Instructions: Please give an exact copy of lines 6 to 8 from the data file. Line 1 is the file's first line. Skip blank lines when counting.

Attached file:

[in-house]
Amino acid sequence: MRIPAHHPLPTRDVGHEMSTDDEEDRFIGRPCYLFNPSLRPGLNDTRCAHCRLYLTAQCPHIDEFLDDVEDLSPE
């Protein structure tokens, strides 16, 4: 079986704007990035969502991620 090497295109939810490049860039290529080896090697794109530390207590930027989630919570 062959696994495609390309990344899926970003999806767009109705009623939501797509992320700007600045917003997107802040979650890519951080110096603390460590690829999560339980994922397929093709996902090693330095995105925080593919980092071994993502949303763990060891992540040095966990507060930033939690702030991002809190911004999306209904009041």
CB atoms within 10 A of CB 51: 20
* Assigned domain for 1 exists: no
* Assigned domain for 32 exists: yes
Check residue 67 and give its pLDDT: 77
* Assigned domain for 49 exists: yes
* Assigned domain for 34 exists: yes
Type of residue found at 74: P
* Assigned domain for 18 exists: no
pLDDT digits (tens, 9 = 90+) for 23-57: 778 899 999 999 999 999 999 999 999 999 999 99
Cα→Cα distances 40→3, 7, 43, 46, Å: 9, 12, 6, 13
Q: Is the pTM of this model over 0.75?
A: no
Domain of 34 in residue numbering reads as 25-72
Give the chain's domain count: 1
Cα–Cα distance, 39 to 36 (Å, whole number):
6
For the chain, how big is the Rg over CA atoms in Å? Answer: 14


* Assigned domain for 32 exists: yes
Check residue 67 and give its pLDDT: 77
* Assigned domain for 49 exists: yes